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The SARS-CoV-2 disease 2019 (COVID-19) pandemic deeply affected all Brazilian regions. Brazil has seen approximately 12 million cases of COVID-19 and over 294 042 deaths to date (21 March 2021) (https://COVID-19.saude.gov.br/), and the end of the pandemic cannot yet be predicted. The COVID-19 pandemic scenario represents a source of concern for the management of patients with chronic diseases and comorbidities, including autoimmune diseases, such as systemic lupus erythematosus (SLE).1 The new viral infection caused by SARS-CoV-2 seems to lead to the onset or exacerbation of autoimmune diseases in genetically predisposed patients.2–4 SLE is an autoimmune disease prone to flare-ups that are linked to significant morbimortality. Immunosuppression-related infections are one of the leading causes of premature death in patients with SLE. However, there are currently no data to support a higher infection rate or an increased risk for fatal outcome related to COVID-19 in these patients.2–5 One could even speculate the SLE treatment can protect against the serious complications related to COVID-19.2
In this regard, we read the relevant paper by Mathian et al1 who evaluated the clinical course of COVID-19 in patients with SLE treated with hydroxychloroquine. Although these preliminary data have shown a lack of clarity about the incidence and severity of COVID-19 in patients with SLE, it is suggested that patients with comorbidities, such as chronic kidney disease and obesity, may suffer from severe forms of COVID-19, regardless of the chronic use of hydroxychloroquine. Similarly, Wallace et al6 suggests that patients with SLE may develop more severe manifestations of COVID-19 infection, especially when other comorbidities and predisposing factors are associated, including obesity, smoking and chronic use of medications, such as immunosuppressants. On the other hand, Favalli et al7 consider the impact of COVID-19 in patients with SLE very low, since most patients with chronic diseases are used to take measures in order to reduce infection risks, even before the outbreak of COVID-19. Accordingly, Caso et al5 claim that different strategies followed for the management of rheumatic diseases are currently included in the treatment protocol for SARS-CoV- 2 infection.
However, it is believed that autoinflammatory and autoimmune syndromes can have triggering factors, such as viruses, which stimulate the activation of an exacerbated immune response, with increased synthesis of proinflammatory cytokines. Due to similar pathogenic mechanisms and clinical–radiological aspects in hyperinflammatory diseases and COVID-19, it can be suggested that SARS-CoV-2 could act as a triggering factor for the development of rapid autoimmune and/or autoinflammatory dysregulation.5 In order to ascertain this issue further, we evaluated the number of cases of SLE diagnosed from January 2017 to December 2020 over all the five Brazilian macroregions and compared the prepandemic and transpandemic period of COVID-19.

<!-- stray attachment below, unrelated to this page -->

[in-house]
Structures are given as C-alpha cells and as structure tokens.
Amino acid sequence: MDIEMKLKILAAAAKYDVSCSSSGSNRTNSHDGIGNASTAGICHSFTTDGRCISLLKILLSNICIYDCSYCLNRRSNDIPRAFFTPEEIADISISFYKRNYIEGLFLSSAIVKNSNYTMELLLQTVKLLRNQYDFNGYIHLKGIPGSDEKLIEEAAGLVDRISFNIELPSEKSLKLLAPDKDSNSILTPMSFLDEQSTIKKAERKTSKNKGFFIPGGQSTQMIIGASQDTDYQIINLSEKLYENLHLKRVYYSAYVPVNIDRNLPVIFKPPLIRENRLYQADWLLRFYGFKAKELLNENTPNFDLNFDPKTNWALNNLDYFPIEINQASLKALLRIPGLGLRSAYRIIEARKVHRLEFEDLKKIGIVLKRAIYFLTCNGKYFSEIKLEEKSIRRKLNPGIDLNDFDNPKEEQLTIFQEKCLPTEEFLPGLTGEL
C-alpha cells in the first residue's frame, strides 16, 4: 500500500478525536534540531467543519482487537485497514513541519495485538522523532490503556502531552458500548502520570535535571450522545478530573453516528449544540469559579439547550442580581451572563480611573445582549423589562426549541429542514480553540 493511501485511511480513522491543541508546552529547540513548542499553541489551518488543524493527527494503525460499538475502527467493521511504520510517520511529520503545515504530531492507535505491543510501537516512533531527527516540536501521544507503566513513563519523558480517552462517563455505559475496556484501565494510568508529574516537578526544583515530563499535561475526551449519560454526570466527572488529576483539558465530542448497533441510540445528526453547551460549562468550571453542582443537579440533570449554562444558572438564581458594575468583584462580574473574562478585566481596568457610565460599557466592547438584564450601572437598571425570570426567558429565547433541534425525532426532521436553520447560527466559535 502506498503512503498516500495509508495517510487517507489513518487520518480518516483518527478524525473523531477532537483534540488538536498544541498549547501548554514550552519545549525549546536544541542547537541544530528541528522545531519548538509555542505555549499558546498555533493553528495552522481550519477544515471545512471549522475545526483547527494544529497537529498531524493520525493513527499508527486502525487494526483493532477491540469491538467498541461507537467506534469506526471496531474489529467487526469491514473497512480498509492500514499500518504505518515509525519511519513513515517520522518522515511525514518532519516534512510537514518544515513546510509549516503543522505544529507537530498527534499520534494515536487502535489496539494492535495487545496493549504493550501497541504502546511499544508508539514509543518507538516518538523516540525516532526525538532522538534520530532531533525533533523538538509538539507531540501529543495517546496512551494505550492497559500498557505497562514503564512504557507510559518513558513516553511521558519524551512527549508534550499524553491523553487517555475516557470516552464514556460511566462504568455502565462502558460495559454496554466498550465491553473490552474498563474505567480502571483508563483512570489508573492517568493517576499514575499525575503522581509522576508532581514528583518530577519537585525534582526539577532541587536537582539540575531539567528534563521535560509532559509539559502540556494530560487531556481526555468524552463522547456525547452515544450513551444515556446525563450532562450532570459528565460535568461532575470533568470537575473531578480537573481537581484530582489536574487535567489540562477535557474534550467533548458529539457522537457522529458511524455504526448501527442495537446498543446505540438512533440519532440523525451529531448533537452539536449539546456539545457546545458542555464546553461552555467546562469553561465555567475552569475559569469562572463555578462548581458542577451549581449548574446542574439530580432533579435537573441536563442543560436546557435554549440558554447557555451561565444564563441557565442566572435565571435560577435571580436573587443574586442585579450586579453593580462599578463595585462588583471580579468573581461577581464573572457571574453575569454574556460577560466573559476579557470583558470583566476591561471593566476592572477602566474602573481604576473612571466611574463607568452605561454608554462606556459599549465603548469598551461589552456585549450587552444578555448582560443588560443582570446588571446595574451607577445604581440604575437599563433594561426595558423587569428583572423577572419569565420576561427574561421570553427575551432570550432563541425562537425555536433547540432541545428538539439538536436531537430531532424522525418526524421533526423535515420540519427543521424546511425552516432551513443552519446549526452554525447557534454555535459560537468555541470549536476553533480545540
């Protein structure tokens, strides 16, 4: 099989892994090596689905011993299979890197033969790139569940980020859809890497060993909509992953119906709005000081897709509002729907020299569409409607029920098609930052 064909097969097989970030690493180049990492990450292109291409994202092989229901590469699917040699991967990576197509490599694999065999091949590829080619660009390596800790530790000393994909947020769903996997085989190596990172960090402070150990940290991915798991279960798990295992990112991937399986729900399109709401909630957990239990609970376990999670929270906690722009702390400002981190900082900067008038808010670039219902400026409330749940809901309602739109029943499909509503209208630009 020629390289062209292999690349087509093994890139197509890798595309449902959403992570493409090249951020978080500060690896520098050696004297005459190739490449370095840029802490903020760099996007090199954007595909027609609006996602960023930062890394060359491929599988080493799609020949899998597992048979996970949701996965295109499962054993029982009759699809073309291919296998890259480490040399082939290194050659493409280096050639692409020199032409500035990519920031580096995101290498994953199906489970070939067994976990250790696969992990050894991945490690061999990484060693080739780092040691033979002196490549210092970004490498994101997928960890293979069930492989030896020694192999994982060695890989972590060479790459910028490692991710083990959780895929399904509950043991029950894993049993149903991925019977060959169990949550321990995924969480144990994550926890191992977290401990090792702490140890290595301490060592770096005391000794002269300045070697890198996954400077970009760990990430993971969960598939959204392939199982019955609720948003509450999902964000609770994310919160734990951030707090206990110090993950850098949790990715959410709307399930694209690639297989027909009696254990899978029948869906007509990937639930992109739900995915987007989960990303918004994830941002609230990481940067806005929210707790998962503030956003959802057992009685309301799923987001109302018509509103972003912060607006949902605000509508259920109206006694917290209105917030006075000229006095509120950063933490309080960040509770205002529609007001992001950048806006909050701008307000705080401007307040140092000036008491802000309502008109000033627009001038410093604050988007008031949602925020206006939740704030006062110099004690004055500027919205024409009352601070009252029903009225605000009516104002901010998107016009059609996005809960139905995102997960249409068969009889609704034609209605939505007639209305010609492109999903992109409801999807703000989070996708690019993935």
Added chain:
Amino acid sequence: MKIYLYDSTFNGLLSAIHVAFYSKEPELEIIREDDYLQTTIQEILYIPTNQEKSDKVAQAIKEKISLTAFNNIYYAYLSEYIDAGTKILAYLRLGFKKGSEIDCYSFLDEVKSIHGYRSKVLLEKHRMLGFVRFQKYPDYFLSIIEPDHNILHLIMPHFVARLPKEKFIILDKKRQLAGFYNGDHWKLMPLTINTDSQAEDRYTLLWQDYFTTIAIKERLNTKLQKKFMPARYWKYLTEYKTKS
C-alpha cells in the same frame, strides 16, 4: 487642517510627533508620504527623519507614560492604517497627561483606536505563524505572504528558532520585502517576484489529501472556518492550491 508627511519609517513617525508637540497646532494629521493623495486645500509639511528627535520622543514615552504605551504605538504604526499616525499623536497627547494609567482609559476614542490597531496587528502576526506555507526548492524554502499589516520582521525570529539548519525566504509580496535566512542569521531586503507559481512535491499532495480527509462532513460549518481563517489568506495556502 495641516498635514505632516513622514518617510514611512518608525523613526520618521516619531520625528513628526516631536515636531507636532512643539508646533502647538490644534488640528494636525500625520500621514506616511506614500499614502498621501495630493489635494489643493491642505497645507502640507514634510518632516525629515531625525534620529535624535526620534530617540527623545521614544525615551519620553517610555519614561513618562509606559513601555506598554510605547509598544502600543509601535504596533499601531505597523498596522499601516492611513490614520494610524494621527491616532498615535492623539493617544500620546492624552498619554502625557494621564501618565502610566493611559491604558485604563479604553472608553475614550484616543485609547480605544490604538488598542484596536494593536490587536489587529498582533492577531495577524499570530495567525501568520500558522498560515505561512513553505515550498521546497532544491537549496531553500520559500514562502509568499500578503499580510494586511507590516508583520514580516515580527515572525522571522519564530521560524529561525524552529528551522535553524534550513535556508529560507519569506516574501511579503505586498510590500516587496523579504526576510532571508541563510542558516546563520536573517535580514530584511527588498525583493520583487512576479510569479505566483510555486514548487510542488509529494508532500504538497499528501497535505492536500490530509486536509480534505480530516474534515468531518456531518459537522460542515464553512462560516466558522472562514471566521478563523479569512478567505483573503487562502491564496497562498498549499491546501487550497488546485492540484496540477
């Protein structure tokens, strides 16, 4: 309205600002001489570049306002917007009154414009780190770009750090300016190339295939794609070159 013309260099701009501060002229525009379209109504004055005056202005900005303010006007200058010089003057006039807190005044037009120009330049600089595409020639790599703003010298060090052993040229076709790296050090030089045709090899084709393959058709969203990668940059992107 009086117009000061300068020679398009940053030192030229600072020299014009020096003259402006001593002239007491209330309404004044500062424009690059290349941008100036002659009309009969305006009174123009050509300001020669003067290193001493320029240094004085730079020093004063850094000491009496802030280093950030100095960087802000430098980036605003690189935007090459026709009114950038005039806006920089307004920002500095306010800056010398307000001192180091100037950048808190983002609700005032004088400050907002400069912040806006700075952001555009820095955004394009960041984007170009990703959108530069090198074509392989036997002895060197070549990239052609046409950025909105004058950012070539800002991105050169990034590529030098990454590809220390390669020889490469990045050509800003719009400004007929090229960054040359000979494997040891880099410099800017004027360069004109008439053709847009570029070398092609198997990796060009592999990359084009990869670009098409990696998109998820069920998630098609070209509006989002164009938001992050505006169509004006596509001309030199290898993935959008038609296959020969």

Over the triennium 2017–2019, the average number of new diagnosed cases of SLE was 23 422, while in 2020 this figure reached 36 549, an increment of about 56% during the time frame analysed. The increment was consistent across all five Brazilian macroregions, ranged from +23.4% in Southeast to +108.9% in the Northeast region. The increase in the overall Brazilian cases reached +13 107 (+55.9%) cases, corresponding an addition of an average of 1092 cases per month during the COVID-19 pandemic (table 1). Table 2 shows a significant increase in the incident cases of SLE per million population in Brazil (p<0.001).
In conclusion, our findings have shown an increase in the number of new cases of SLE in Brazil during the pandemic period. Conversely, we recently reported that the pandemic period has dramatically reduced the diagnosis of new cases of cancer in Brazil, possibly by the limitation of consultations in public health services.8 Many aspects of the association between SLE and COVID-19 are not yet well established. Further prospective clinical studies are needed to define whether these conditions are really related.
The authors would like to thank State Research Foundation—FAPEMIG, Minas Gerais, Brazil, the National Council for Scientific and Technological Development—CNPq, Brazil, and the Coordination for the Improvement of Higher Education Personnel, CAPES, Brazil.
Handling editor Josef Smolen
Contributors HMJ: Conceptualisation, formal analysis, methodology, project administration, supervision, roles/writing—original draft and writing—review and editing. NPM: Conceptualisation, data curation, formal analysis, investigation, methodology, roles/writing—original draft and writing—review and editing. NCTM: Formal analysis, investigation, methodology and writing—review and editing. EGdL: Conceptualisation, data curation, formal analysis and methodology. DRBM: Conceptualisation, formal analysis and writing—review and editing. EAO: Formal analysis, investigation, methodology and writing—review and editing.
Funding The authors have not declared a specific grant for this research from any funding agency in the public, commercial or not-for-profit sectors.
Competing interests None declared.
Patient and public involvement Patients and/or the public were not involved in the design, or conduct, or reporting, or dissemination plans of this research.
Provenance and peer review Not commissioned; internally peer reviewed.
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